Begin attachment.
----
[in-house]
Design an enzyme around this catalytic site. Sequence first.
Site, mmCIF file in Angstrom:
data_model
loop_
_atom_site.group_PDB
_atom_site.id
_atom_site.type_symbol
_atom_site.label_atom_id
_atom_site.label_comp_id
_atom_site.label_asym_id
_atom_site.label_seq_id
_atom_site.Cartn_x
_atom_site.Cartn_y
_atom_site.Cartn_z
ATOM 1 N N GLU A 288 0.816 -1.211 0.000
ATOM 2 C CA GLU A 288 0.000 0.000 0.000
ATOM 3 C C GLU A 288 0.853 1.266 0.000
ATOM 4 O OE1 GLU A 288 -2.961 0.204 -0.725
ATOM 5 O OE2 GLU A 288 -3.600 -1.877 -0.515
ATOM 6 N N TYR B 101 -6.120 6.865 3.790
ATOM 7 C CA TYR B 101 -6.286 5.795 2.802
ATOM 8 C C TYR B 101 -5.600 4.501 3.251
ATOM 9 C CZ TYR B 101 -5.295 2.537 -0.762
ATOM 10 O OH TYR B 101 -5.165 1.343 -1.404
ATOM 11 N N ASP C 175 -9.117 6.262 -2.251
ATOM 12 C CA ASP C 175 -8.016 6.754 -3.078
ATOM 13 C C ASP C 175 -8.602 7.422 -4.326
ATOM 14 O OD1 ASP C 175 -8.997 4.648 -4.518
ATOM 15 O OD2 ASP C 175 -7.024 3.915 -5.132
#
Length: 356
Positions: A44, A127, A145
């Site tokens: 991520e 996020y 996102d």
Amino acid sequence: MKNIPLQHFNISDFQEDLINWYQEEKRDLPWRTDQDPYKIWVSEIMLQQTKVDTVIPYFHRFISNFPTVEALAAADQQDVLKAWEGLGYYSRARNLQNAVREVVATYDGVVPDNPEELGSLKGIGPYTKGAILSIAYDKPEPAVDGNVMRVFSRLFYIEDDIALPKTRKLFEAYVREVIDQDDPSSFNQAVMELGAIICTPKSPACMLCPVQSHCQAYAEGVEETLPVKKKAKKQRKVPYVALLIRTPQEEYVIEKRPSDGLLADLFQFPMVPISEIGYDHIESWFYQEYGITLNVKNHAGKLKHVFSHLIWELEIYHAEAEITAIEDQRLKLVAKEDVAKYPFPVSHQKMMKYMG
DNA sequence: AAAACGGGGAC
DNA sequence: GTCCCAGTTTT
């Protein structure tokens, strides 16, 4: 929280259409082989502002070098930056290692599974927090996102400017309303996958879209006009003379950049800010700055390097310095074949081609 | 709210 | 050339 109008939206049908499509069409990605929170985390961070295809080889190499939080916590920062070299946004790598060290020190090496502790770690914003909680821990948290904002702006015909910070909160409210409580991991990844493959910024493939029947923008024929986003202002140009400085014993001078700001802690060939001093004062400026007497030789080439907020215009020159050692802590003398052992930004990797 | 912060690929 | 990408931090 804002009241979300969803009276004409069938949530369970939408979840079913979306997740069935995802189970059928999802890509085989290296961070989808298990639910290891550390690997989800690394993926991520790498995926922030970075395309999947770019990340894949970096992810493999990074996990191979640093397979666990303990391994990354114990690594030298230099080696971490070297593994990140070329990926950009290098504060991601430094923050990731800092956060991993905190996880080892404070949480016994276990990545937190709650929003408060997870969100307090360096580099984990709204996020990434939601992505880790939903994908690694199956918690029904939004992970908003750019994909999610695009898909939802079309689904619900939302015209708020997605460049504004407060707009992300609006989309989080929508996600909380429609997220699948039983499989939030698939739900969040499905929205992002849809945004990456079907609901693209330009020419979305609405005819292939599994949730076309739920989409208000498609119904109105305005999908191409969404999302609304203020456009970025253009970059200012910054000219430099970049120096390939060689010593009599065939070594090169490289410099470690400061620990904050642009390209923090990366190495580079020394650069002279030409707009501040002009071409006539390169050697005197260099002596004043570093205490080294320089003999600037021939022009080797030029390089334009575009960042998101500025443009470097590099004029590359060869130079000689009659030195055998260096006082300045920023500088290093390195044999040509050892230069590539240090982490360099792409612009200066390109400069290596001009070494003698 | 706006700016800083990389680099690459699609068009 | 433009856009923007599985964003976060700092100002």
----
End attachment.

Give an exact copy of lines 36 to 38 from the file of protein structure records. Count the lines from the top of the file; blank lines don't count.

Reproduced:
DNA sequence: AAAACGGGGAC
DNA sequence: GTCCCAGTTTT
């Protein structure tokens, strides 16, 4: 929280259409082989502002070098930056290692599974927090996102400017309303996958879209006009003379950049800010700055390097310095074949081609 | 709210 | 050339 109008939206049908499509069409990605929170985390961070295809080889190499939080916590920062070299946004790598060290020190090496502790770690914003909680821990948290904002702006015909910070909160409210409580991991990844493959910024493939029947923008024929986003202002140009400085014993001078700001802690060939001093004062400026007497030789080439907020215009020159050692802590003398052992930004990797 | 912060690929 | 990408931090 804002009241979300969803009276004409069938949530369970939408979840079913979306997740069935995802189970059928999802890509085989290296961070989808298990639910290891550390690997989800690394993926991520790498995926922030970075395309999947770019990340894949970096992810493999990074996990191979640093397979666990303990391994990354114990690594030298230099080696971490070297593994990140070329990926950009290098504060991601430094923050990731800092956060991993905190996880080892404070949480016994276990990545937190709650929003408060997870969100307090360096580099984990709204996020990434939601992505880790939903994908690694199956918690029904939004992970908003750019994909999610695009898909939802079309689904619900939302015209708020997605460049504004407060707009992300609006989309989080929508996600909380429609997220699948039983499989939030698939739900969040499905929205992002849809945004990456079907609901693209330009020419979305609405005819292939599994949730076309739920989409208000498609119904109105305005999908191409969404999302609304203020456009970025253009970059200012910054000219430099970049120096390939060689010593009599065939070594090169490289410099470690400061620990904050642009390209923090990366190495580079020394650069002279030409707009501040002009071409006539390169050697005197260099002596004043570093205490080294320089003999600037021939022009080797030029390089334009575009960042998101500025443009470097590099004029590359060869130079000689009659030195055998260096006082300045920023500088290093390195044999040509050892230069590539240090982490360099792409612009200066390109400069290596001009070494003698 | 706006700016800083990389680099690459699609068009 | 433009856009923007599985964003976060700092100002």